Film Scout Parking Permits Rescinded

spiderman.jpgThe other night in the Financial District, the buildings of Trinity Place were lit-up all noir-like, and light illuminated the steam temporarily wafting skyward from an orange stack. The lighting set up a visual image of a comic book, larger-than-life metropolis that will appear in Spiderman III.  I enjoyed watching a take or two of traffic on the streets as the star flew through the air on some kind of hoist, and generally I am a fan of Hollywood filming here because besides creating jobs, it usually improves the city’s image, and encourages tourism, and reminds viewers around the world of the excitement that daily life here can include: New York remains the ultimate movie setting because it is the place where anything can happen. But the New York’s huge film industry has been leaning on a not-so-secret crutch that has now been eliminiated. (Hat tip to The Oil Drum.) An essay by Francis X. Clines in the Times brings to light some news:

The industry also has a small army of locale scouts empowered with platinum-level parking permits. And there’s the rub: Ordinary New Yorkers with no less a talent for divining authenticity have been complaining about the loss of parking spaces to scouts who have City Hall tags to park ticket-free, on the job or not, as diplomats.

And here’s the happy ending: With the industry booming, enjoying tax breaks and creating jobs, the city decided it was wise to kill the parking perks for film scouts as of July 1. Call it Gotham Strikes Back. The big equipment vans will still have the permits on filming days, and the city will clear the rights of way. But the scouts will have to pay to park like, well, authentic New Yorkers.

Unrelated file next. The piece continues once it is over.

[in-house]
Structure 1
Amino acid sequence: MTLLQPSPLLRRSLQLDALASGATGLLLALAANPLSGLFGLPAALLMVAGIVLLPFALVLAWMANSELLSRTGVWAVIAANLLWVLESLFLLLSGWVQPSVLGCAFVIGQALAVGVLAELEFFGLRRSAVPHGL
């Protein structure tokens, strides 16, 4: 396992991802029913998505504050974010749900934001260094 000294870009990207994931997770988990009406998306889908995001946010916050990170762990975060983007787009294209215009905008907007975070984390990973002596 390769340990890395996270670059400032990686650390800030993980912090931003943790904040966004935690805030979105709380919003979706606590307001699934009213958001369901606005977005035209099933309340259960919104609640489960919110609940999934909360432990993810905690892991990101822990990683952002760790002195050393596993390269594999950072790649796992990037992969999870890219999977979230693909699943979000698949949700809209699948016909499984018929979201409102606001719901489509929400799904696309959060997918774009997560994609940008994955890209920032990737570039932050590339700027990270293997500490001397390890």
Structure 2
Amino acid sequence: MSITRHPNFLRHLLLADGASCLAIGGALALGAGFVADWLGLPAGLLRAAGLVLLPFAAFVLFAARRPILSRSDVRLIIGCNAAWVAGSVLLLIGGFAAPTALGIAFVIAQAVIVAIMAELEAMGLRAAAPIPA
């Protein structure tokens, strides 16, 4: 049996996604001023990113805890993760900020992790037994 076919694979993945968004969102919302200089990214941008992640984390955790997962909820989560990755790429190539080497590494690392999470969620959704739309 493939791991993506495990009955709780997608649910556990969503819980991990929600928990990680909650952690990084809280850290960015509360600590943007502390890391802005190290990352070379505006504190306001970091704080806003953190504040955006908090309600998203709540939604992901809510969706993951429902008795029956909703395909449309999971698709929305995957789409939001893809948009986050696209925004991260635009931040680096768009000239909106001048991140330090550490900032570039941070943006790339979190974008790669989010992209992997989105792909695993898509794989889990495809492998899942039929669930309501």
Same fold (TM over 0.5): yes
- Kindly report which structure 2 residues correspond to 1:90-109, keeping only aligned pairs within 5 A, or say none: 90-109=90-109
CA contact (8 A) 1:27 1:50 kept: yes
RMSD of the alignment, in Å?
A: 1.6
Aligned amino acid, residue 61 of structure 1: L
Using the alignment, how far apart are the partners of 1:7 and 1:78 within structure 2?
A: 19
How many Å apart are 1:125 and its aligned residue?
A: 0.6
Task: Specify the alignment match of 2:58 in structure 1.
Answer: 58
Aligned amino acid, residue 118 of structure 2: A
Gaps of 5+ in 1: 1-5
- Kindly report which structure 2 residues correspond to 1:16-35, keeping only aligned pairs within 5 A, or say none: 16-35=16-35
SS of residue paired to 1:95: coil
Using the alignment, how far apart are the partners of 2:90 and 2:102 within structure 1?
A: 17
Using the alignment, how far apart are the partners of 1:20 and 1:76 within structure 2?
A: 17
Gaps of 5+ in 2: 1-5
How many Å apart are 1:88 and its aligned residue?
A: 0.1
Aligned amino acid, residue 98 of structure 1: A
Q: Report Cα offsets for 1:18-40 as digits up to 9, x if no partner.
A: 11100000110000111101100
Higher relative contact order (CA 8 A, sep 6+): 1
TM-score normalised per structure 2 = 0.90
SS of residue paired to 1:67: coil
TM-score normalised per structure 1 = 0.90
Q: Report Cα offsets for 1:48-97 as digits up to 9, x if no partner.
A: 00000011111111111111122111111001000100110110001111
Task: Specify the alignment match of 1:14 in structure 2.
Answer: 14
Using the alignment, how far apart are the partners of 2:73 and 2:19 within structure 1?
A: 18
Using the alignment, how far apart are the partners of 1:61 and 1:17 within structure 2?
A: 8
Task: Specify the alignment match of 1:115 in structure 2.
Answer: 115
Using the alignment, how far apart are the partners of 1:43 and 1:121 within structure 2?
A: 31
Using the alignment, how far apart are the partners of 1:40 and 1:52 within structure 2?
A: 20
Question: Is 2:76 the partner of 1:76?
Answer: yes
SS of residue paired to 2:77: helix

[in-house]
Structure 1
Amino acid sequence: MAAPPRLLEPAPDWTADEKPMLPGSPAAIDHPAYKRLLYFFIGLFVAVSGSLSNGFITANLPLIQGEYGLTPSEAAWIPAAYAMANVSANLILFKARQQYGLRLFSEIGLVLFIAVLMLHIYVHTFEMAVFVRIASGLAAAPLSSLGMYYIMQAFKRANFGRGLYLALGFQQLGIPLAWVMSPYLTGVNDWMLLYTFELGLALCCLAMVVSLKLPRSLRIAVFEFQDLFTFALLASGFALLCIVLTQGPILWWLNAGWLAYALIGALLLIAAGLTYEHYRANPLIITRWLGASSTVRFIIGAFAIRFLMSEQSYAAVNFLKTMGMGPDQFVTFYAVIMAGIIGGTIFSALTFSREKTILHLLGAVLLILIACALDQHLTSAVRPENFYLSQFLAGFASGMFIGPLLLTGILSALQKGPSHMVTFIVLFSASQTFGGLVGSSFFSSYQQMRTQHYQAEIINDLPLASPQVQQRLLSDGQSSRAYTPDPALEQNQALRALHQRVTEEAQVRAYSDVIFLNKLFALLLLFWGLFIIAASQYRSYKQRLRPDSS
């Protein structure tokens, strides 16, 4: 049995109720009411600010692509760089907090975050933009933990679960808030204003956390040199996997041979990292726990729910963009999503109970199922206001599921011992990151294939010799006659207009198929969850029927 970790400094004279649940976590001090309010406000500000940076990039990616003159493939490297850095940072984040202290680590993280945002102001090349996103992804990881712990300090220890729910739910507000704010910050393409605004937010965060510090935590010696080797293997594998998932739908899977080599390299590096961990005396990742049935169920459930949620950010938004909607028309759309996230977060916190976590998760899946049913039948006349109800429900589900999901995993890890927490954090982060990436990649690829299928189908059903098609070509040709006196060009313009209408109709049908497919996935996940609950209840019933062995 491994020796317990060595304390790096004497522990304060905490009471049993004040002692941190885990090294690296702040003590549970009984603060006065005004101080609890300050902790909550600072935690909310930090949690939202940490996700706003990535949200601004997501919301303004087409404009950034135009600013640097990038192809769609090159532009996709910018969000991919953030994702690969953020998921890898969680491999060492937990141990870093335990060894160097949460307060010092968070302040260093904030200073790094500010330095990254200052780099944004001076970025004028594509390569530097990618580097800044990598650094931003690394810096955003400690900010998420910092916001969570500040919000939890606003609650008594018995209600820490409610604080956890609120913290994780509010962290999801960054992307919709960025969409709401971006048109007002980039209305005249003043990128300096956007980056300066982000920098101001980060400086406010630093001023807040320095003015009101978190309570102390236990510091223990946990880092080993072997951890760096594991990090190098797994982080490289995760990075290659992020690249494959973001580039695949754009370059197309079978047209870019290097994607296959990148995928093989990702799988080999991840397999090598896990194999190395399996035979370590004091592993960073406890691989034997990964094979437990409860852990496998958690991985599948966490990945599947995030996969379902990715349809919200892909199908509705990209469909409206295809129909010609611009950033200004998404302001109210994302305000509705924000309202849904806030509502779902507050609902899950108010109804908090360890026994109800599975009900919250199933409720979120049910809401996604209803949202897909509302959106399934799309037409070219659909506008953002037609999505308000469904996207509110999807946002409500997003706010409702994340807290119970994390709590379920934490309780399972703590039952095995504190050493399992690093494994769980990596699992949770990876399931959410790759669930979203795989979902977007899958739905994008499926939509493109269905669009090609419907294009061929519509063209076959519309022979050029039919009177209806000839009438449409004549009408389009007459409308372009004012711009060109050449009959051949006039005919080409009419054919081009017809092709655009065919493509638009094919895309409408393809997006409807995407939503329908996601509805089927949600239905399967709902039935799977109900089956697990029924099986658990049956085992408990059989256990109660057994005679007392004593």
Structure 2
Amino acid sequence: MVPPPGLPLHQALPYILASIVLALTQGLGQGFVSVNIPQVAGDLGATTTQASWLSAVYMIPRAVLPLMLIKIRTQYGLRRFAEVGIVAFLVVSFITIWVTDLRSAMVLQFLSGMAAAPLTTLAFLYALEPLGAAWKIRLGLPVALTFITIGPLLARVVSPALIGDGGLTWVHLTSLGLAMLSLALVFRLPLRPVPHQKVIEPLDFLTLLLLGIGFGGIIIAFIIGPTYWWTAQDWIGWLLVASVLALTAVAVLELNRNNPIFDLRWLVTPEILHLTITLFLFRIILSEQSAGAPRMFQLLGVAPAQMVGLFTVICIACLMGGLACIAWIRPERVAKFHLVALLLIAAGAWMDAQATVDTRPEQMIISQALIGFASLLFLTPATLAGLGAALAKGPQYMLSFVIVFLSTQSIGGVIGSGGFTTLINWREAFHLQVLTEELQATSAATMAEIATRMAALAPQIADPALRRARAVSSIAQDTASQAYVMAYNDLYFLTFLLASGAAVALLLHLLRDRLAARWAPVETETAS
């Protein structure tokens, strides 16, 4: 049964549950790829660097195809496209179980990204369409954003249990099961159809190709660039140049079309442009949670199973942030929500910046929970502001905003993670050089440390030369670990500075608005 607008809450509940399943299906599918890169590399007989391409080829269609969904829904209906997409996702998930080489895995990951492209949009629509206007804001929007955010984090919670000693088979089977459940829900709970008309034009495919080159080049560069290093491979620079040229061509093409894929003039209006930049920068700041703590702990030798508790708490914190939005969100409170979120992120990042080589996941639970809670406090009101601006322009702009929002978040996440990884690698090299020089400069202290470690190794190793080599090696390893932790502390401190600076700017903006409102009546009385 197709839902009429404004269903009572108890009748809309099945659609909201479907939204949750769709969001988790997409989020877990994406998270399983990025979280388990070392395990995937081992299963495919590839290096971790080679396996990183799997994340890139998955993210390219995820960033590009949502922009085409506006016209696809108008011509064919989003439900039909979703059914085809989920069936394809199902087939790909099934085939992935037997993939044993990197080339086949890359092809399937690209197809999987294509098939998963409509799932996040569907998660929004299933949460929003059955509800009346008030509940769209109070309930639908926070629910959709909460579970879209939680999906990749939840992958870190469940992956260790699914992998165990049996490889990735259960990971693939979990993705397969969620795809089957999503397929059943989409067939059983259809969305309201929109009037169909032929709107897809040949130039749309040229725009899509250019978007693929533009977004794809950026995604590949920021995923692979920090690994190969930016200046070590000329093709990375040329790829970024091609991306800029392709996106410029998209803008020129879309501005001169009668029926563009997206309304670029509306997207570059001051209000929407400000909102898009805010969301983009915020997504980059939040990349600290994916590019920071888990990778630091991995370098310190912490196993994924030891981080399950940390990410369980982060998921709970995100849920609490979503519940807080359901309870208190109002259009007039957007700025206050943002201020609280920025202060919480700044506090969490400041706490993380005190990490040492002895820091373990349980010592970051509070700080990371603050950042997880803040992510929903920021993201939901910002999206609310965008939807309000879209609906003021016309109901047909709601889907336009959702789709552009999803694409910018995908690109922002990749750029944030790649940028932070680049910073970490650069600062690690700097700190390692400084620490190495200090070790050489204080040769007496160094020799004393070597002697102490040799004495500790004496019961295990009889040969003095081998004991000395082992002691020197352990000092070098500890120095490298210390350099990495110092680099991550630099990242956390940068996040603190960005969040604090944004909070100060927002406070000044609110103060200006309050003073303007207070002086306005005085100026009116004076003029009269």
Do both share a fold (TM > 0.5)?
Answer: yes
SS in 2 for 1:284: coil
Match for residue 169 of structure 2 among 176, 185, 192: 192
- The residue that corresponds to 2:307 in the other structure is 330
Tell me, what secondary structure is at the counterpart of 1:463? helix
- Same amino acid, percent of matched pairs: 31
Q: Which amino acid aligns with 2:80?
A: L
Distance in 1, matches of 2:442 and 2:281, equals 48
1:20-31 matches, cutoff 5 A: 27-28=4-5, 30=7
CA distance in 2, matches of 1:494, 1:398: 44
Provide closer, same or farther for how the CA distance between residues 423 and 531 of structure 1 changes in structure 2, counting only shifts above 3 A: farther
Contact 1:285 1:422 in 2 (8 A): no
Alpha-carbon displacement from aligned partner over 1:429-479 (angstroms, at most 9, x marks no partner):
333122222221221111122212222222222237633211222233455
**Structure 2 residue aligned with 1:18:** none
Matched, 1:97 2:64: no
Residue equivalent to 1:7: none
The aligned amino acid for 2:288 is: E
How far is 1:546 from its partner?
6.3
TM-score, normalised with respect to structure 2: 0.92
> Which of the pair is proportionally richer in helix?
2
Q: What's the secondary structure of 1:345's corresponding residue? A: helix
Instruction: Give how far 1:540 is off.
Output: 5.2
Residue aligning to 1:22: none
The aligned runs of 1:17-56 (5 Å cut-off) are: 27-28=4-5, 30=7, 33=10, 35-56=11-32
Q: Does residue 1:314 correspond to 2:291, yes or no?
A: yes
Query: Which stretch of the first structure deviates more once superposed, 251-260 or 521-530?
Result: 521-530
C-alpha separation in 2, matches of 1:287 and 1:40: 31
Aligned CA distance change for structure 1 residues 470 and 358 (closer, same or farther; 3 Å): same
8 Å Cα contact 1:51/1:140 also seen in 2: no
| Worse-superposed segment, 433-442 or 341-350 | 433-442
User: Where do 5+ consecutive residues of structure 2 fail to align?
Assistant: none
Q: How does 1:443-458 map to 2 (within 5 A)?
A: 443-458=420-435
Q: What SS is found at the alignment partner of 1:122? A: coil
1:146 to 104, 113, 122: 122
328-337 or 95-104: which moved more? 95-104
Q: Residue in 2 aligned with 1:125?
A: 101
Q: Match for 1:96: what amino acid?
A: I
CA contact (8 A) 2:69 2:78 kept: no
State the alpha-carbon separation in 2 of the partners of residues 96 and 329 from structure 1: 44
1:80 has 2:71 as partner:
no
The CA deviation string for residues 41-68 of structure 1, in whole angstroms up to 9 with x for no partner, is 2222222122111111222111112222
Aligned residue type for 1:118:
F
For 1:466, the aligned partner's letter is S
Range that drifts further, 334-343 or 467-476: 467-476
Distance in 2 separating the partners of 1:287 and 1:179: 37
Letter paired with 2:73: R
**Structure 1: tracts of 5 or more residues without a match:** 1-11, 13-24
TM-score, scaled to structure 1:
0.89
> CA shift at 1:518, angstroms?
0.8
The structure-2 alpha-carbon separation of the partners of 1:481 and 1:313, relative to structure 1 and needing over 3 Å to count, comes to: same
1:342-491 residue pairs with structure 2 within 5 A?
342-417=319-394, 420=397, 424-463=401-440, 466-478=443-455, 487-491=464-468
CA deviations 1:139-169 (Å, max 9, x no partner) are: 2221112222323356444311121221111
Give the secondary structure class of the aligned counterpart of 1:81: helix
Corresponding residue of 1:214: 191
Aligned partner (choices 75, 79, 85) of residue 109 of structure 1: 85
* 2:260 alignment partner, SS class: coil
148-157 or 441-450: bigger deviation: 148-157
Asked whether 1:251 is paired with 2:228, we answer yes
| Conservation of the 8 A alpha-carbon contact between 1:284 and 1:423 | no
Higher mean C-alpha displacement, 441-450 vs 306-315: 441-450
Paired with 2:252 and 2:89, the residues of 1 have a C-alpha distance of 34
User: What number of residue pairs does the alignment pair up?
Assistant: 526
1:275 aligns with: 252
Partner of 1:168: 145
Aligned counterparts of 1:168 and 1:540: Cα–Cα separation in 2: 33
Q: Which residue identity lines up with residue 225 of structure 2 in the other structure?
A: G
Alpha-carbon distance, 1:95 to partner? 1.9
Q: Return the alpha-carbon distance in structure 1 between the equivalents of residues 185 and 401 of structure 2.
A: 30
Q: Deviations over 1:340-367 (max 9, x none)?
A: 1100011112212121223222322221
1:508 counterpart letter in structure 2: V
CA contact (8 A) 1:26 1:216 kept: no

Peakguy, writing over at the Oil Drum, hopes that this is the beginning of a general policy of taking away special parking privileges.  Can anyone else think of groups with special parking privileges they’d like to see revoked?

  • Anything purely administrative workers in government would be a good start. Frankly if the car is only used to commute to and from work, that should not qualify as “official business” that requires the use of a parking permit.

    It would be a much better deal for everyone if government employees lived closer to work, experienced the same commutting experiences as the rest of us.

    How many permits are out there and what is their breakdown? Perhaps this would be a good FOIA request?

  • As a New Yorker, one of the most mind-blowing things I saw when I visited a couple of German cities, was municipal workers riding around all over the place on bicycles.

  • Apparently, China has reversed its position on bike lanes and biking for municipal workers:

    “The construction ministry announced on Thursday that any bike lanes that have been narrowed or destroyed to make way for cars in recent years must be returned to their original glory. This followed orders on Tuesday that all civil servants should cycle to work or take public transport to reduce the smog that chokes most city streets and urban lungs.”

    http://www.guardian.co.uk/china/story/0,,1798536,00.html

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